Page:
In-person shopping visits at the Shelburne Food Shelf will cease as the coronavirus outbreak continues to spread throughout the region.
Your local guide to the global outbreak.
Vermont “strongly discourages” incoming travel from coronavirus hotspots in the Northeast, Gov. Phil Scott said Monday, and directed all “nonessential” travelers from outside the state to self-quarantine for 14 days once they get here.
The phone lines were flooded at the Vermont Department of Labor last week. As COVID-19 keeps most Vermonters at home, businesses, restaurants and shops are feeling financial strain, some having to layoff or terminate workers amid the economic crunch.
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For most Vermonters, neighboring New Hampshire’s first-in-the-nation presidential primary brings the challenge of enduring seemingly endless campaign commercials. For Greg and Amy Tatro, it offered something more: The chance to take a selfie with a potential future commander in chief.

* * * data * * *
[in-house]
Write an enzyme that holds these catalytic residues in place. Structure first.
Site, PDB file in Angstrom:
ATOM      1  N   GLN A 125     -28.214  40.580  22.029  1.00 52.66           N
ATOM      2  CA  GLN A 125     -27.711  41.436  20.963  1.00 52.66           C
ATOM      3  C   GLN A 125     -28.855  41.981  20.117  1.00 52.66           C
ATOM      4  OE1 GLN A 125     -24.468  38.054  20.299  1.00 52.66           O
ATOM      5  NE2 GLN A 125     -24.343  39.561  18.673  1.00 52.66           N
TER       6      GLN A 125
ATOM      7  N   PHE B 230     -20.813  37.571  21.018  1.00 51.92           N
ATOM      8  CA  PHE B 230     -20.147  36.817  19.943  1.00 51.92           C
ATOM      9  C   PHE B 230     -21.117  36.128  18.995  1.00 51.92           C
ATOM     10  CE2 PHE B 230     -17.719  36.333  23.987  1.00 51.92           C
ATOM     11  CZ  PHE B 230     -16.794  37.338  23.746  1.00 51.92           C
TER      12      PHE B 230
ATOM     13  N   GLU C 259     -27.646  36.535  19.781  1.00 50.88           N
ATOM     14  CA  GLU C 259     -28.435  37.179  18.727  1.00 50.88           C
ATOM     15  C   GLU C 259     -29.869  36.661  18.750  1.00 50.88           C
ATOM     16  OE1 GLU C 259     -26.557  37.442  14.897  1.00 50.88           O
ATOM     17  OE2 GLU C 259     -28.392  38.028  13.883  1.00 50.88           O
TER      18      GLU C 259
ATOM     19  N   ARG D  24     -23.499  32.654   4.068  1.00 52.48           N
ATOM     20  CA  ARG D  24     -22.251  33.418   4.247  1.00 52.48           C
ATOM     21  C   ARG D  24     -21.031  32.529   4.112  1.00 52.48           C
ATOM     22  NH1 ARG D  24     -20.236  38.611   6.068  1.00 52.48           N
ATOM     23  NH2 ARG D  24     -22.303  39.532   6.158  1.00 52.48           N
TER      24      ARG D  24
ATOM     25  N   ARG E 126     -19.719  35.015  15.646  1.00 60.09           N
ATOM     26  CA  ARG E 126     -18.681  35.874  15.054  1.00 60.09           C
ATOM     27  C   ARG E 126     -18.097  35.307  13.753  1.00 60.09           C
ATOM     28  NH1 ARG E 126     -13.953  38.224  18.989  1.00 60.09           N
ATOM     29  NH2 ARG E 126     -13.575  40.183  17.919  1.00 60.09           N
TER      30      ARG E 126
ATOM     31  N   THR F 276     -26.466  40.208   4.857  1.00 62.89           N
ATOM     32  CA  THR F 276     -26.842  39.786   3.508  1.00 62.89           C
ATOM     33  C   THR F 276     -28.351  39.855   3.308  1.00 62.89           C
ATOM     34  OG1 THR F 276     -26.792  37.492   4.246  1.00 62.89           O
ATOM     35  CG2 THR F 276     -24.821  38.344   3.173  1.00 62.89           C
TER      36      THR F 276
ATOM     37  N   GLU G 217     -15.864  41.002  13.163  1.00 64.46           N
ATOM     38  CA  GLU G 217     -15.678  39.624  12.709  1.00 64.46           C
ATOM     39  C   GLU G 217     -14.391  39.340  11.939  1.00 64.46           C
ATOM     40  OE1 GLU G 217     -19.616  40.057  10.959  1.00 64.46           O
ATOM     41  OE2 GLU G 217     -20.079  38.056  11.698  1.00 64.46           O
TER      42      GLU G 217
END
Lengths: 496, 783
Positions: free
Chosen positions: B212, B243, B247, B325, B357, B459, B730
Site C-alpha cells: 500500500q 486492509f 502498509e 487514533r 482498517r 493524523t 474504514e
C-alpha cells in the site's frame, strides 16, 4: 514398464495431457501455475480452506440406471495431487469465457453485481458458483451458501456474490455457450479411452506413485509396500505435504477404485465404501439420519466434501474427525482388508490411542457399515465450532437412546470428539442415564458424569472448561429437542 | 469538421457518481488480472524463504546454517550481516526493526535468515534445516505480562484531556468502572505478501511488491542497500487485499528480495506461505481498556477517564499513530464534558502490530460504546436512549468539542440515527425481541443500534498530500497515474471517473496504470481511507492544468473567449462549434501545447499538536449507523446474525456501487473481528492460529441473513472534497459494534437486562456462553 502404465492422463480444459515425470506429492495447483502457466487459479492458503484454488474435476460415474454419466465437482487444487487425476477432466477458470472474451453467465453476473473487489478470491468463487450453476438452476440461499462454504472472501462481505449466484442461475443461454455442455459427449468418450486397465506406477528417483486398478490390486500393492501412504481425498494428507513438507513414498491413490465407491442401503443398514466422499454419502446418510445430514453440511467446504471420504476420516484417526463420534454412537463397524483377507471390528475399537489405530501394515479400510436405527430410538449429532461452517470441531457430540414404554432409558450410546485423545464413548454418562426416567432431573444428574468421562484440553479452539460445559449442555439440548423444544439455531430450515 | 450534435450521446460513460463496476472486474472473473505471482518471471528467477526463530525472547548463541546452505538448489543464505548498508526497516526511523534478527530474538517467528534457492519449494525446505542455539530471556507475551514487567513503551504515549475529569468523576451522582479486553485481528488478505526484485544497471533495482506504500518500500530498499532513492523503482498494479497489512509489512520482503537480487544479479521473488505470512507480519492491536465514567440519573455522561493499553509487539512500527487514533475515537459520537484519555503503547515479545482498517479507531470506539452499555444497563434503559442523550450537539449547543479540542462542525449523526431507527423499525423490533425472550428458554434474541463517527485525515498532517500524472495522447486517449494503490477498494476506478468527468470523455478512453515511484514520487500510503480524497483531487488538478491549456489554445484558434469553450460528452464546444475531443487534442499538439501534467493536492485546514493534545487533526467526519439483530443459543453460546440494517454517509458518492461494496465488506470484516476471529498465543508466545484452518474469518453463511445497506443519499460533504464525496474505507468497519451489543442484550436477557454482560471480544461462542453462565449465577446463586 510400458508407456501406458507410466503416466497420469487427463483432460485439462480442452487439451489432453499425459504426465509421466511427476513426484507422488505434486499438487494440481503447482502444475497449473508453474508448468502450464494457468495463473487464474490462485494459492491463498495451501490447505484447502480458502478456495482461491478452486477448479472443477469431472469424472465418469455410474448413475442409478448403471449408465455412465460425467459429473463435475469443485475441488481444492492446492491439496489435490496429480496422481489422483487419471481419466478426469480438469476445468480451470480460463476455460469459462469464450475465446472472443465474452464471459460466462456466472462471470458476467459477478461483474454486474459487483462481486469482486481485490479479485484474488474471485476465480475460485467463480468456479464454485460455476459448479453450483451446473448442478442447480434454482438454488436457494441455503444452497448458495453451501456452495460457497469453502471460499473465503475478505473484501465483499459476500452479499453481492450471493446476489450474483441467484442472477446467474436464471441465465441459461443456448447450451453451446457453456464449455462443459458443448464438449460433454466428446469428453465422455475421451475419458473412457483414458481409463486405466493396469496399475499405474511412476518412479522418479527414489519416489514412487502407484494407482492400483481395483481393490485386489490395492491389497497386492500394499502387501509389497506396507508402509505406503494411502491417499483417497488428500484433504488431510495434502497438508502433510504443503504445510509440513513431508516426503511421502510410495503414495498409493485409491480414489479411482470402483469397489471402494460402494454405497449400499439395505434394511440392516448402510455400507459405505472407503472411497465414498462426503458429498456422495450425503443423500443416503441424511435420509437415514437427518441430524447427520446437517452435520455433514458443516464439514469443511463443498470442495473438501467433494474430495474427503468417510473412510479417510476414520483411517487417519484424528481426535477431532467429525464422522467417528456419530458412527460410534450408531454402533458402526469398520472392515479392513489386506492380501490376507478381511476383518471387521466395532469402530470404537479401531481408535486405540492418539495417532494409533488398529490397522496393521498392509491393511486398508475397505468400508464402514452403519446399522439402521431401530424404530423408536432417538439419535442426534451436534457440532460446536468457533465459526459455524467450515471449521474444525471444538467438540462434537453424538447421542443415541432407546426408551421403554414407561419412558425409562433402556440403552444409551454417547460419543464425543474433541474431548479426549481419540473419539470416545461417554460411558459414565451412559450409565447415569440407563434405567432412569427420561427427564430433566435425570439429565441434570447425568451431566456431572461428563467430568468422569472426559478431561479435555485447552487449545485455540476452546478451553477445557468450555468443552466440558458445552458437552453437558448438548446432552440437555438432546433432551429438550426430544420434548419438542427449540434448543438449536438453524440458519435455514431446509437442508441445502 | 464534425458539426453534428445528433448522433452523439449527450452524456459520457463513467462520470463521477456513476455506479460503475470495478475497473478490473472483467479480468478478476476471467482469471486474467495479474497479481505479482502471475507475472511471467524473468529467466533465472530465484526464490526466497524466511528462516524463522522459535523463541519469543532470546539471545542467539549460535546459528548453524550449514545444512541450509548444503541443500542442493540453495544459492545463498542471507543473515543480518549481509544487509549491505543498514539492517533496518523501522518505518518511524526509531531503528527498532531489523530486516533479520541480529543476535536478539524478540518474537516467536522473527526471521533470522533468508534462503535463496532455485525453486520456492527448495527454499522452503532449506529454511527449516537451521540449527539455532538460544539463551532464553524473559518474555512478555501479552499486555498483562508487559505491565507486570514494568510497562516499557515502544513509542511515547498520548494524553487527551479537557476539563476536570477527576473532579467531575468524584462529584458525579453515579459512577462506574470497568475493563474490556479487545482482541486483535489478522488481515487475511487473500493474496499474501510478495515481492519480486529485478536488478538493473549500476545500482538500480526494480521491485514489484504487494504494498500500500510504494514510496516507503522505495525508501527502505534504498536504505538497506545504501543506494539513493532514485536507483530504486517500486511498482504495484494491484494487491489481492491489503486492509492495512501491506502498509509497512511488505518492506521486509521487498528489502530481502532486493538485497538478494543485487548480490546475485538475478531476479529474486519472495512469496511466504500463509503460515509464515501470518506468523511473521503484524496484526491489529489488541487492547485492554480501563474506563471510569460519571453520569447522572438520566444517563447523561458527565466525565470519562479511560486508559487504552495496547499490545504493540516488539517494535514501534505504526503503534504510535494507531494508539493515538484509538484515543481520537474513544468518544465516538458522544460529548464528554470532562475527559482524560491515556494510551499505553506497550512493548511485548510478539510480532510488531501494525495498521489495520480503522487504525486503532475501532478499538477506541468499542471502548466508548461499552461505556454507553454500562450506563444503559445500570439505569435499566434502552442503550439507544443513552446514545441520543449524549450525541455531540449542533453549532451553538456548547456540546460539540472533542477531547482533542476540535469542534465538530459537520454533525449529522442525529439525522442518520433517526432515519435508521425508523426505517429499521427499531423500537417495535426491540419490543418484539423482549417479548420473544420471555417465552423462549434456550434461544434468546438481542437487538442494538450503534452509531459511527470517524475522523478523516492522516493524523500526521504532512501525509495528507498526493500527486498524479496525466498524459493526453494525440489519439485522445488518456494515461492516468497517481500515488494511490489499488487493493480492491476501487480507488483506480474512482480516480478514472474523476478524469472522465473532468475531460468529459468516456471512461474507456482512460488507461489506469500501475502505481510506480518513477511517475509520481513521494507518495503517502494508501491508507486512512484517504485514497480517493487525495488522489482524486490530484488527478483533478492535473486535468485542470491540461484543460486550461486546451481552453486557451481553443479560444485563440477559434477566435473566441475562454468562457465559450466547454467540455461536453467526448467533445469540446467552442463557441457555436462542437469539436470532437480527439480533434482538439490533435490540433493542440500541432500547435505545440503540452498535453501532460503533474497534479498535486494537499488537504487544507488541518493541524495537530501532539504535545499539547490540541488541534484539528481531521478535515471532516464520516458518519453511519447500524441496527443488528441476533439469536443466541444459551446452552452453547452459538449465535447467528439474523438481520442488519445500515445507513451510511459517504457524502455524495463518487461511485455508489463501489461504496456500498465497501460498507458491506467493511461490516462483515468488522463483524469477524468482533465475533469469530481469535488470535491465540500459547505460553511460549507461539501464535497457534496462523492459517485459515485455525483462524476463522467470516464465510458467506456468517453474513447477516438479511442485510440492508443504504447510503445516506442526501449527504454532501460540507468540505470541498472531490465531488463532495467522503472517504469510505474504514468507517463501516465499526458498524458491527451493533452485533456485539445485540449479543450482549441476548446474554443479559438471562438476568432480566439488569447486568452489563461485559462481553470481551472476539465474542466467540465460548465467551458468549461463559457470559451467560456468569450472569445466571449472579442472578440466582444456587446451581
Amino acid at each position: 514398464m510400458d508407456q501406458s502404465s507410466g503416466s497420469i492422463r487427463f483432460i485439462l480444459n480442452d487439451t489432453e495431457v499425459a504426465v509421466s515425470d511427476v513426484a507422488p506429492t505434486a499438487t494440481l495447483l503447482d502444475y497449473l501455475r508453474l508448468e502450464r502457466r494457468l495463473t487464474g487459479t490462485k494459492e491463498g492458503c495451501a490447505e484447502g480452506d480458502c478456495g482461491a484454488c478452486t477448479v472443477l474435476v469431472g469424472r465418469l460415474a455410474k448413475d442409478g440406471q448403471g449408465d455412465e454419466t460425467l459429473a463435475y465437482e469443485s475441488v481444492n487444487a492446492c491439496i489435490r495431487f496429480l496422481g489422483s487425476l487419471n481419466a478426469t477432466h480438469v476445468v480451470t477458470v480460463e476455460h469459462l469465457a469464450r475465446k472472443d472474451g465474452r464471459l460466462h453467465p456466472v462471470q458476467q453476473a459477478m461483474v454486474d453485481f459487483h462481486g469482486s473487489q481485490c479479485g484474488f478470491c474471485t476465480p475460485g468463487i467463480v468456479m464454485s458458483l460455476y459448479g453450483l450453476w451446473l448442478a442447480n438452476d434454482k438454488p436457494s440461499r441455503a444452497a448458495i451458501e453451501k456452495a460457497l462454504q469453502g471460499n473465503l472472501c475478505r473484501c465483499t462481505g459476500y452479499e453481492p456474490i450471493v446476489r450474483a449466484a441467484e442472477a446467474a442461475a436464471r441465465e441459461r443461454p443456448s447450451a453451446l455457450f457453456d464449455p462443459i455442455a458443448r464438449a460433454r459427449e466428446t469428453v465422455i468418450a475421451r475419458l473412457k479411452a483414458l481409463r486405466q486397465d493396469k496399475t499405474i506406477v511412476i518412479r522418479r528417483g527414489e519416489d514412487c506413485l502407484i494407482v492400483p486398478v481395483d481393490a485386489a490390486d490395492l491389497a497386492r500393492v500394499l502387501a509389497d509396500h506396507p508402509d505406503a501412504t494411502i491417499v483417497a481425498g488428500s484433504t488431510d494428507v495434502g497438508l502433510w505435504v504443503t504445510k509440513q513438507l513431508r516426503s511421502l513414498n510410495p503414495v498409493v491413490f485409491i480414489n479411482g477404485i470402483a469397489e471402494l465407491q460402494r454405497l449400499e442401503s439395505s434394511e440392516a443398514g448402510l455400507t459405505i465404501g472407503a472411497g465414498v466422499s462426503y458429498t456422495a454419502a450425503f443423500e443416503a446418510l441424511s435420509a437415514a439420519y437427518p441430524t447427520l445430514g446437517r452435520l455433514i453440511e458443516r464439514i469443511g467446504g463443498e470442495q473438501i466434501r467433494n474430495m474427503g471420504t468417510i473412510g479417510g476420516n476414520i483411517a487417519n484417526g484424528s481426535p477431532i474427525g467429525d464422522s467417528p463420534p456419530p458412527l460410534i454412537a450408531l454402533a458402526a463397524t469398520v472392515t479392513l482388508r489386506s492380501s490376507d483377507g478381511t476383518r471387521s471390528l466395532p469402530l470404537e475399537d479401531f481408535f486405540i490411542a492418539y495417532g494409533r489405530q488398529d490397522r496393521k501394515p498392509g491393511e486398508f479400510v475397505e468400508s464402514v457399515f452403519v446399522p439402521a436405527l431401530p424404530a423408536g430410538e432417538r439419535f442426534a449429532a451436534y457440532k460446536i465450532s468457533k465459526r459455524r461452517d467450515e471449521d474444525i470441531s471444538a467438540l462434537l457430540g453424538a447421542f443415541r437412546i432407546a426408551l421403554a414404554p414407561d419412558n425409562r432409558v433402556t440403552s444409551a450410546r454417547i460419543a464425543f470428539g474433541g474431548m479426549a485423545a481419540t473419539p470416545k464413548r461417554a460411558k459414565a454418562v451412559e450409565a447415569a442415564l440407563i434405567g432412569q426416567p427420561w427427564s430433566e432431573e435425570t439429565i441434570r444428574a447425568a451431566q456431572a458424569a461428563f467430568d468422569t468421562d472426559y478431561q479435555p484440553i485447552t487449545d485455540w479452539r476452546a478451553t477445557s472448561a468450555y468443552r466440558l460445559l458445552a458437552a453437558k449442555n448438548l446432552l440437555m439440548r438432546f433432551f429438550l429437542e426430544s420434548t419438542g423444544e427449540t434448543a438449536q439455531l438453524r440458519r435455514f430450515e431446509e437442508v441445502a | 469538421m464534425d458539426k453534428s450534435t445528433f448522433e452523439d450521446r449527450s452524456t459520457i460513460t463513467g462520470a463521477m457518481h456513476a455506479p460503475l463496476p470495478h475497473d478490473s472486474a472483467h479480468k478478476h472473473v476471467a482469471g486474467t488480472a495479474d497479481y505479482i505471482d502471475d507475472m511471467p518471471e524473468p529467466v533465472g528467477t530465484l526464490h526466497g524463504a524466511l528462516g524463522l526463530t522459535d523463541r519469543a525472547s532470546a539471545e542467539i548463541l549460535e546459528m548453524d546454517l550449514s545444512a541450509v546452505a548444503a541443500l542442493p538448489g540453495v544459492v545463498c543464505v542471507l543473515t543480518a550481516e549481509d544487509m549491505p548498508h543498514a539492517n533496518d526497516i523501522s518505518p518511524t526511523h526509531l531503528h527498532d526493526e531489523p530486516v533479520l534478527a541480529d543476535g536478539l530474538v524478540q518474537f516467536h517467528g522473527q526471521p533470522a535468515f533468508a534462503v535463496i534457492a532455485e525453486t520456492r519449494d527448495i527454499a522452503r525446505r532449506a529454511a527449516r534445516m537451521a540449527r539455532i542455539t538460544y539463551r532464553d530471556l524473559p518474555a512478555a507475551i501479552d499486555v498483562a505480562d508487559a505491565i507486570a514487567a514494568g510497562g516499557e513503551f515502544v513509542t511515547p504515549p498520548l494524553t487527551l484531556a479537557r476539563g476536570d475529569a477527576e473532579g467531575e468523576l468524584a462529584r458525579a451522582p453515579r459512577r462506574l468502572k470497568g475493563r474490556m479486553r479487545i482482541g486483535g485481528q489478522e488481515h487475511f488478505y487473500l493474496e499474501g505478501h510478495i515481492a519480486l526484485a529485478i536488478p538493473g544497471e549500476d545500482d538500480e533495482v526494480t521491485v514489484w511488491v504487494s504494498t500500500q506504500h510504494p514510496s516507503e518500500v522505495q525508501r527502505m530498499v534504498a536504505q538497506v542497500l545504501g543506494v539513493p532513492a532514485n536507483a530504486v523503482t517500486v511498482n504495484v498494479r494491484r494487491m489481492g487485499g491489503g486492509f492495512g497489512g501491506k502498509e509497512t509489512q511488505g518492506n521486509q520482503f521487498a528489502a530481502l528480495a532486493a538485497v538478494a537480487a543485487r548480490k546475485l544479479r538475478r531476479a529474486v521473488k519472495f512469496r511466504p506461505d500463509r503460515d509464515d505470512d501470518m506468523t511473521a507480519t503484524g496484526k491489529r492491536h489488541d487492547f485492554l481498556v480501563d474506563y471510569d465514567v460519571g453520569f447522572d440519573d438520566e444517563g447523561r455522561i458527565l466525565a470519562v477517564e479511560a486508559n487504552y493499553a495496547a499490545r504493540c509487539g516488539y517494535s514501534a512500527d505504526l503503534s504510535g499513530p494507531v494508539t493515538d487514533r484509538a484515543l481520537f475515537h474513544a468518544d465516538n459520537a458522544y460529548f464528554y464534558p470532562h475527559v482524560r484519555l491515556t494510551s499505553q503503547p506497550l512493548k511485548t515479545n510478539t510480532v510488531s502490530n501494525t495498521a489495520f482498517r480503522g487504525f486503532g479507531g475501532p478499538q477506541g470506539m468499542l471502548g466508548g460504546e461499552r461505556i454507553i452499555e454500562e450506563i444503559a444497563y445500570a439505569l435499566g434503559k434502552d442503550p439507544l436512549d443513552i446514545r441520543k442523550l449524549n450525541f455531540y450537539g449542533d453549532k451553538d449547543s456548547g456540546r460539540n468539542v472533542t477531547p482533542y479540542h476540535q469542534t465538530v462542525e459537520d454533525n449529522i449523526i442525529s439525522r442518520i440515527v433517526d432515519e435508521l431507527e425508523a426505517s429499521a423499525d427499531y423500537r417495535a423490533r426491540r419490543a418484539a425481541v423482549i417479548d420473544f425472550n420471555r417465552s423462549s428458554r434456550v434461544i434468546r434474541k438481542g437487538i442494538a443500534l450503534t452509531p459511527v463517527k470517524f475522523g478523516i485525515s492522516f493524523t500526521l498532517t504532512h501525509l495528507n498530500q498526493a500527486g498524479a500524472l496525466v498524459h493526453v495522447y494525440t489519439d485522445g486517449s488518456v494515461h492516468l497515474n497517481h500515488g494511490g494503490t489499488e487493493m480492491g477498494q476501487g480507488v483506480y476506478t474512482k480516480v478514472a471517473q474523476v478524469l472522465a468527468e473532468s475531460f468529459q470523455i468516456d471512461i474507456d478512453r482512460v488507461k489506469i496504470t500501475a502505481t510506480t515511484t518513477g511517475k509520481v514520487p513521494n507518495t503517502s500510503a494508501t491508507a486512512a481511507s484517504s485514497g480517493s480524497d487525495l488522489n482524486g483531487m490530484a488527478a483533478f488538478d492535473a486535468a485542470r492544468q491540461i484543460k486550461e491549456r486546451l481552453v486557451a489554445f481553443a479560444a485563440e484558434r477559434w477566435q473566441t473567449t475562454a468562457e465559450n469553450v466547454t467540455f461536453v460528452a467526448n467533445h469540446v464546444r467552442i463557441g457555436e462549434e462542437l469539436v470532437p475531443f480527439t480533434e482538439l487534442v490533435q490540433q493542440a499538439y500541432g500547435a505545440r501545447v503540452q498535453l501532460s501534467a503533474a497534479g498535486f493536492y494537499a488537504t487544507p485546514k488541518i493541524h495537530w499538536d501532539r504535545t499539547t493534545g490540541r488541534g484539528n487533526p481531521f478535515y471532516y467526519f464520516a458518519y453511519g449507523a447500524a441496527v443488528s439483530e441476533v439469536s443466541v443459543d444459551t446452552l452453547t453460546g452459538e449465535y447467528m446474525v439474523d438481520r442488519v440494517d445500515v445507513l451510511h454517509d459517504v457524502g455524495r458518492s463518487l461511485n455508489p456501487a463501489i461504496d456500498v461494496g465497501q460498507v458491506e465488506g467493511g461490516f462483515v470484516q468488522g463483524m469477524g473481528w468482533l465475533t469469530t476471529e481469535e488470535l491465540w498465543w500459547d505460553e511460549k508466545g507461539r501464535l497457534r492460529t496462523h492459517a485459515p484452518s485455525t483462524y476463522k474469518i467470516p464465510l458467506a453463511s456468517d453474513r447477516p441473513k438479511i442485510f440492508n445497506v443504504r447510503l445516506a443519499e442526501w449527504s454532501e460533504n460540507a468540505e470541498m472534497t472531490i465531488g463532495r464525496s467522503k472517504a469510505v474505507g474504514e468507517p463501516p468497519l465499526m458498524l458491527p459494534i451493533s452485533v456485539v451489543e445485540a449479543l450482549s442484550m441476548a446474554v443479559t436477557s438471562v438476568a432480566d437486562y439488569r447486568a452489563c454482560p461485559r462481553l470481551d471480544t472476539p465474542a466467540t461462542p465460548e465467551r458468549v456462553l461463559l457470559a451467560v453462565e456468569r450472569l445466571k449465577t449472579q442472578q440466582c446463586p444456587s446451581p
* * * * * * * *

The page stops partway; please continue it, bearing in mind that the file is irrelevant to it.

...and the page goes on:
House lawmakers passed a series of changes last Friday in Vermont’s decades-old land use law after two days of contentious floor debate and last-minute bill amendments.
Nearly a dozen communities and counting have approved a nonbinding Gun Owners of Vermont resolution declaring themselves a “sanctuary” from further government restrictions on firearms.
Gov. Phil Scott has vetoed a plan for a statewide paid family leave program, dealing a major setback to Democrats who have made the policy a priority in recent years.
In 2019, Vermonters filed 5,447 scam reports with the Attorney General’s Consumer Assistance Program (CAP). Scam reports total more than 40 percent of all contacts CAP had with consumers last year. The report shows that though old scams persisted, new scams emerged.
A system designed to help criminal offenders serve less time in prison is driving up Vermont’s prison admissions, according to new research from the Council of State Governments.